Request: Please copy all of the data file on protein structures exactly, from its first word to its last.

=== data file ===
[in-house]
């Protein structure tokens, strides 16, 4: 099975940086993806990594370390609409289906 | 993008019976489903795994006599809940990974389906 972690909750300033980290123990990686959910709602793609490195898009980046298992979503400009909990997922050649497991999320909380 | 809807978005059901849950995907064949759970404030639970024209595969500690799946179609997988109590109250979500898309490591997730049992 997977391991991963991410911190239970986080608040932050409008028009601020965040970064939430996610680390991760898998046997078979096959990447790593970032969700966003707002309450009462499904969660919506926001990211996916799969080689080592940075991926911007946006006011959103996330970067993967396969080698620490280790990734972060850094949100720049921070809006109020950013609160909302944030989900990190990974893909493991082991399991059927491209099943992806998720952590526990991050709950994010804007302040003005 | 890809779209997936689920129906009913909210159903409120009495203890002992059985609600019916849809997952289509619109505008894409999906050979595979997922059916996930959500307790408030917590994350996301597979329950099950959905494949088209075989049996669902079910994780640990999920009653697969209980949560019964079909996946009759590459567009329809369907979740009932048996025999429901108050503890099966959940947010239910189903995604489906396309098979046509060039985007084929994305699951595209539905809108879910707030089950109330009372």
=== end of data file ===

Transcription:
[in-house]
């Protein structure tokens, strides 16, 4: 099975940086993806990594370390609409289906 | 993008019976489903795994006599809940990974389906 972690909750300033980290123990990686959910709602793609490195898009980046298992979503400009909990997922050649497991999320909380 | 809807978005059901849950995907064949759970404030639970024209595969500690799946179609997988109590109250979500898309490591997730049992 997977391991991963991410911190239970986080608040932050409008028009601020965040970064939430996610680390991760898998046997078979096959990447790593970032969700966003707002309450009462499904969660919506926001990211996916799969080689080592940075991926911007946006006011959103996330970067993967396969080698620490280790990734972060850094949100720049921070809006109020950013609160909302944030989900990190990974893909493991082991399991059927491209099943992806998720952590526990991050709950994010804007302040003005 | 890809779209997936689920129906009913909210159903409120009495203890002992059985609600019916849809997952289509619109505008894409999906050979595979997922059916996930959500307790408030917590994350996301597979329950099950959905494949088209075989049996669902079910994780640990999920009653697969209980949560019964079909996946009759590459567009329809369907979740009932048996025999429901108050503890099966959940947010239910189903995604489906396309098979046509060039985007084929994305699951595209539905809108879910707030089950109330009372």